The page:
The Role of Climate and Human Influences in the Dry-Up of the Jinci Springs, China1


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    Paper No. JAWRA-08-0180-P of the Journal of the American Water Resources Association (JAWRA). Discussions are open until six months from print publication.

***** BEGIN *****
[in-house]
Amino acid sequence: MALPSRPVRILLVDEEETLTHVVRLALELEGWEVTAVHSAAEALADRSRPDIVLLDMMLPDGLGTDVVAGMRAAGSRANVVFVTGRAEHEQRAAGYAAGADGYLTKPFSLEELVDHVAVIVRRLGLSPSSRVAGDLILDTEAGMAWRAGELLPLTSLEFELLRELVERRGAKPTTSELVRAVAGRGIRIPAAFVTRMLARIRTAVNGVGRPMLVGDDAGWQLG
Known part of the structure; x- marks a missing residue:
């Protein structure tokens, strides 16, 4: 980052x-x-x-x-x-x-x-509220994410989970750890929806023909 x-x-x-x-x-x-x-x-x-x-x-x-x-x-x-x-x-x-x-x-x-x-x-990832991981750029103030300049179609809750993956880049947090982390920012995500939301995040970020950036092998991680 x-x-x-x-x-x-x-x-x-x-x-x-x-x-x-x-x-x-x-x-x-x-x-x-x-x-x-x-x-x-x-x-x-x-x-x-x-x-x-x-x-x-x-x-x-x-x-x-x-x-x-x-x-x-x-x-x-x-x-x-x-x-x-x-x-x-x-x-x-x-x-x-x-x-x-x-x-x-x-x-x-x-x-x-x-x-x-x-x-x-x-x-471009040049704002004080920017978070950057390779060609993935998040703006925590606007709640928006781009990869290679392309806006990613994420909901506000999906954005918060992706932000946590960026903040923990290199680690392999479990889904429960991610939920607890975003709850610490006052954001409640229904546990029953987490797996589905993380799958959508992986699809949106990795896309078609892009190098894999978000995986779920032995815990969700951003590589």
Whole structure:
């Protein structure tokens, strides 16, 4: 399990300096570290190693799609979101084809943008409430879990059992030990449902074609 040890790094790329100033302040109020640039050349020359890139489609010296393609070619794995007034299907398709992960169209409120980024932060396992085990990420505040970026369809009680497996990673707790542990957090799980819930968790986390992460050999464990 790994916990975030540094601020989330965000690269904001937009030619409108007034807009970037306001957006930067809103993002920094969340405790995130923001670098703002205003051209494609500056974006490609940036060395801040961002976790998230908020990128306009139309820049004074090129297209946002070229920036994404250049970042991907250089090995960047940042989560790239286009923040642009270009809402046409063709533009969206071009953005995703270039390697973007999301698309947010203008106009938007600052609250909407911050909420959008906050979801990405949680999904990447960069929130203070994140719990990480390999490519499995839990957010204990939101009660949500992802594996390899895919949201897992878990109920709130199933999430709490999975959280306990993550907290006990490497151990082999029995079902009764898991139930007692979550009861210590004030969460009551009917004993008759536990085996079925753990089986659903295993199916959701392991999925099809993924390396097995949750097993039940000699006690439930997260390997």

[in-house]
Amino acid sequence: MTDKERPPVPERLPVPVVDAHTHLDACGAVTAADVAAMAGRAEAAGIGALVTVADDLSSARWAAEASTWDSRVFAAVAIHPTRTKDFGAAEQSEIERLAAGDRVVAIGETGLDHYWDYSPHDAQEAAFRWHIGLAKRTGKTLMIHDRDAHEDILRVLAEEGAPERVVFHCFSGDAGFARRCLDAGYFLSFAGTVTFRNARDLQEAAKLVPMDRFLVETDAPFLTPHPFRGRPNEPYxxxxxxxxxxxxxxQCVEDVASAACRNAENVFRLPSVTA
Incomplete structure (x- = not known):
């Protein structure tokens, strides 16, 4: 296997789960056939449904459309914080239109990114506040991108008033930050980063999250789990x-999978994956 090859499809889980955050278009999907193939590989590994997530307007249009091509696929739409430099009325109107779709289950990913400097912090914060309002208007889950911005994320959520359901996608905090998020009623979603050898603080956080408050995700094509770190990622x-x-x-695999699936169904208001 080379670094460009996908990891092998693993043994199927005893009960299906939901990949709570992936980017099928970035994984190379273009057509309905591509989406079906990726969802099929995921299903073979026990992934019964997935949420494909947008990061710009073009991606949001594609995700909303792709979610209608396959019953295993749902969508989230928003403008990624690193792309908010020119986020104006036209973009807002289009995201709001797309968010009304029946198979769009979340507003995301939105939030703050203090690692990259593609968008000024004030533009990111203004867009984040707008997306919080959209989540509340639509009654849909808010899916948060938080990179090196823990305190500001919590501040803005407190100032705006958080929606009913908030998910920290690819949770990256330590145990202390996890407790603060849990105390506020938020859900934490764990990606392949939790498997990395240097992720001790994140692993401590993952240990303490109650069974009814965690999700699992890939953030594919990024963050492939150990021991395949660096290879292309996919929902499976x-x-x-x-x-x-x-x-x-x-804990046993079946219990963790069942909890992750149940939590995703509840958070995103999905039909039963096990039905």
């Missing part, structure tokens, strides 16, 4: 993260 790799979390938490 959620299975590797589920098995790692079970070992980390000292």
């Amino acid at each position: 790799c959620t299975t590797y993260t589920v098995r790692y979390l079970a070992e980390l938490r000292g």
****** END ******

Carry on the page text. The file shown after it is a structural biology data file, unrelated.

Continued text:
Abstract:  One of the largest karst springs in North China, the Jinci Springs, dried up and has remained dry since 1994. We develop a correlation analysis with time-lag and a regression analysis with time-lag to study the relation between spring flow and precipitation. This allows us to obtain a better understanding of karst hydrological processes by differentiating the contribution of variation in precipitation from anthropogenic impacts on the dry-up of Jinci Springs. We divided the karstic hydrological processes into two phases: pre-1961 and post-1961. In the first phase (i.e., 1954-1960) the groundwater recharge was affected by precipitation alone, and in the second phase (i.e., 1961-1994) the groundwater recharge was influenced by both precipitation and human activities. Using precipitation and groundwater recharge data in the first phase, we set up a groundwater recharge model with time-lags. By running the time-lags model, we acquired the groundwater recharge likely to occur under the sole effect of precipitation in the second phase. Using a water-balance calculation, we conclude that the groundwater recharge exhibited statistical stationarity, and the Jinci Springs dry-up was the result of anthropogenic activities. At least three specific types of anthropogenic activities contributed to the drying-up of Jinci Springs: (1) groundwater pumping accounts for 51%, (2) the dewatering from coal mining accounts for 33%, (3) and dam-building 14%. The drying-up of Jinci Springs meant that the groundwater drained from the aquifer’s fractures, and subsequently changed the structure of the karst aquifer. Although groundwater exploitation has been reduced, the flow at Jinci Springs has not reoccurred.